There's no two ways about it; consistently catching big bass is awesome.
Moving from Pennsylvania to Texas has opened up a whole new world of fishing. Every day I launch my kayak into the water, I know there's a pretty good chance that I'll pull a bass over 2 pounds. Even more incredible? Double-digit bass are no longer a mythical unicorn, but rather, a very real possibility. But at this very moment, it's becoming difficult to see the light at the end of the tunnel.
Why?? Because it's winter.
Catch data* consistently shows that most monster bass are caught in the winter; yet at the same time, right now you can be on the water for 10 hours straight, without a bite. Not. One. Do that three or four days in a row? And it can really start to wear on your enthusiasm.
But from what I hear, a period of incredible fishing during the prespawn/spawn is about to begin. (Apparently, this is a big deal in Texas...)
And therein lies the problem of "great expectations".
Hearing about this impending [bananas] fishing experience practically evey day is both good, and bad. On one hand, the promise of catching big bass like it's going out of style - is amazing [especially with tournament season quickly approaching]. On the other hand, I can't help but feel an incredible amount of pressure to catch big bass on the reg...
See the problem??
It's almost as though, hearing about how awesome the fishing is about to become, coupled with the thought of it being my "rookie year" in these parts, creates a stress monster of unusual size.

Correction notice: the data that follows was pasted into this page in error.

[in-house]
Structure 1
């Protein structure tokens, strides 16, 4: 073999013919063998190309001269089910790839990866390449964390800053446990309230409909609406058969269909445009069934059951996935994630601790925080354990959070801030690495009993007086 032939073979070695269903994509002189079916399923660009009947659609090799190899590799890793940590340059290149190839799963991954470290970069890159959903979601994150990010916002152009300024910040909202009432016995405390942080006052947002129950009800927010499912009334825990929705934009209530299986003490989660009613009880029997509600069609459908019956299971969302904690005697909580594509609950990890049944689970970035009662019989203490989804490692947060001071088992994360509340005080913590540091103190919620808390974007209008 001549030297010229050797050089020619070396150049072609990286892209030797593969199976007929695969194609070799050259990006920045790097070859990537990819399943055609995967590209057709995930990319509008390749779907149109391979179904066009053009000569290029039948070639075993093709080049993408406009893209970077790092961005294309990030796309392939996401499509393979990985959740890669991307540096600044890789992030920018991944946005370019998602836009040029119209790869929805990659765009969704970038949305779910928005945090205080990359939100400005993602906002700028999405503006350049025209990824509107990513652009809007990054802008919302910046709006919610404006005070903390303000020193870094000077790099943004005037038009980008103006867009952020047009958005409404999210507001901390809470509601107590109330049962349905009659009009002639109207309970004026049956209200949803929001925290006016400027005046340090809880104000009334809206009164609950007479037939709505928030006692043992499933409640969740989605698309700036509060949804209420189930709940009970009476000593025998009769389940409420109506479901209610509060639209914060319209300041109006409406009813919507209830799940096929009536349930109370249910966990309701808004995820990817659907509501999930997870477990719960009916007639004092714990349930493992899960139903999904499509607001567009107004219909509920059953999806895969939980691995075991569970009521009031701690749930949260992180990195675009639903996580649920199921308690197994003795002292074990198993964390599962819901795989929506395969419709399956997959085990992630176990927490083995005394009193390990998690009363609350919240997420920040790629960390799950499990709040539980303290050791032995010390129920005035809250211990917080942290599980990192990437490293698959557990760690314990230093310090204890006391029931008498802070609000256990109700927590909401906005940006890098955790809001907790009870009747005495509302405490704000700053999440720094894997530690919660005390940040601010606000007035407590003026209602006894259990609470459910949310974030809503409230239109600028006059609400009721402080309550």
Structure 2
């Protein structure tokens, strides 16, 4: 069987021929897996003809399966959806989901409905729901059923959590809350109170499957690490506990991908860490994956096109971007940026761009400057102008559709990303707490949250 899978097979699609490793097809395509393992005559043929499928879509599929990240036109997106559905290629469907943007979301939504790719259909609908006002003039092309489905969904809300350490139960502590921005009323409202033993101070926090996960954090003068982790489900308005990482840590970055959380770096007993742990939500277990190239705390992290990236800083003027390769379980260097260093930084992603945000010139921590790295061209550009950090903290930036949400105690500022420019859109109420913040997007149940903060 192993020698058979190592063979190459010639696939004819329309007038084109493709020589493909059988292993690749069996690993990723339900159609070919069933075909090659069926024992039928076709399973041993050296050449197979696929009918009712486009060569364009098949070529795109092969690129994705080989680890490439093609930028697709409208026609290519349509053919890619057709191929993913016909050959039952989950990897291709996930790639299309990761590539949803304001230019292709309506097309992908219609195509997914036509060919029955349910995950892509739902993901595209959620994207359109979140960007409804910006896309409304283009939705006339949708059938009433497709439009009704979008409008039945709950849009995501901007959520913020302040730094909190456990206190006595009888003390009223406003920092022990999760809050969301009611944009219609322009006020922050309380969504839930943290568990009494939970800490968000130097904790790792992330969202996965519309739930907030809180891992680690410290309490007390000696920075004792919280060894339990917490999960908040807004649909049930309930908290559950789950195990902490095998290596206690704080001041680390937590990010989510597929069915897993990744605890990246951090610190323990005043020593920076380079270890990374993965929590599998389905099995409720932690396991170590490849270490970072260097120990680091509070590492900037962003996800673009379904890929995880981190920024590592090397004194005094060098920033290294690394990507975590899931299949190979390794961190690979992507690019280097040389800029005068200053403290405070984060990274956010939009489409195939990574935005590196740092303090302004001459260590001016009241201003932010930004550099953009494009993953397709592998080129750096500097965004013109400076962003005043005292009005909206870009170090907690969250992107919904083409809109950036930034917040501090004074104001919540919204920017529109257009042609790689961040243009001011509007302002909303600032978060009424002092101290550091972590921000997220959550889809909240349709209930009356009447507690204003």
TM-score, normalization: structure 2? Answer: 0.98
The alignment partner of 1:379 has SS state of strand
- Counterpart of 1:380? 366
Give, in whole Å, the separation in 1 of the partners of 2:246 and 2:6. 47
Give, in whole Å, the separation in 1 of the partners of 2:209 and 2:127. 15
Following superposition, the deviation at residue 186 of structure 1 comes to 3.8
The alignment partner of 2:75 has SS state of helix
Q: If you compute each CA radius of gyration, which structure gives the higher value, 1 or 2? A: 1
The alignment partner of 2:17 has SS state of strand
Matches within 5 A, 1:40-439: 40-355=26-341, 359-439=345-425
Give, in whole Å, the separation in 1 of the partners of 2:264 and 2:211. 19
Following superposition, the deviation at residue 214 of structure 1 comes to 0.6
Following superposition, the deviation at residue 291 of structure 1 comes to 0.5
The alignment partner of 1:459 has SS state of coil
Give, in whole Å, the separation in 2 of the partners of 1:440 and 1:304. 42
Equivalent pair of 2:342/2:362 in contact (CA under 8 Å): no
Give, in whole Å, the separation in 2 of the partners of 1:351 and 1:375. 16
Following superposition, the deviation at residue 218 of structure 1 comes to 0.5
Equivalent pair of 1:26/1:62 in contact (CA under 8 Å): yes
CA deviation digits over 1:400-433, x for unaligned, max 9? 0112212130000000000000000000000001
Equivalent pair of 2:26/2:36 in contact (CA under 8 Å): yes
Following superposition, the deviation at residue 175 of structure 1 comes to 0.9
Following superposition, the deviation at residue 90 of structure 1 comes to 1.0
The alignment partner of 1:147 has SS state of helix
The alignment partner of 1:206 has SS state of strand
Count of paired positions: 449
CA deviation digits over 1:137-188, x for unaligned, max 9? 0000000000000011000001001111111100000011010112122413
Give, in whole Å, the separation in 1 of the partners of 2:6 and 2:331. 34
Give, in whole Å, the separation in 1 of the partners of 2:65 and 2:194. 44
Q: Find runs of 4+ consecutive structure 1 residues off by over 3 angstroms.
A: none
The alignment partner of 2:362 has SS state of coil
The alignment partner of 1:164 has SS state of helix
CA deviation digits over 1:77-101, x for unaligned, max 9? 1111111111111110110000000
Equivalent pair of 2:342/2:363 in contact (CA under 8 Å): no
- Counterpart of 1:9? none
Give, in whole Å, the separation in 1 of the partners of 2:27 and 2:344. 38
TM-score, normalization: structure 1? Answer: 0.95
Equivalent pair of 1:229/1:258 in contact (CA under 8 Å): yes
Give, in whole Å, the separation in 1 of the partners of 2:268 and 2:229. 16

But, such is the nature of the bass game. One delayed swing. One missed "tick". One poorly tied knot. Even a momentary lapse in your confidence. And you're DONE. Because the bass don't discriminate. Bass don't care if you've been fishing for 30 years or 30 minutes; they'll make a fool of you just the same. But there again, that's what keeps me going...
The bass don't discriminate.
Manage to throw the right lure, the right way, in the right color, in the right spot, at the right speed, at the right time?? And you've bagged yourself a monster. Do that repeatedly in the right part of the lake, on the right day? And you've bagged yourself a tournament-winning stringer.
This is what keeps me dropping my kayak in, day, after day, after day...
Anything is possible.
Even something as crazy as say...a Yankee chick from Pennsylvania, shaking up the southern kayak bassin' scene in a big way...
So keep your head up, keep getting back on the water, and keep getting your fish on!!
I hear it's about to get interesting. ;)
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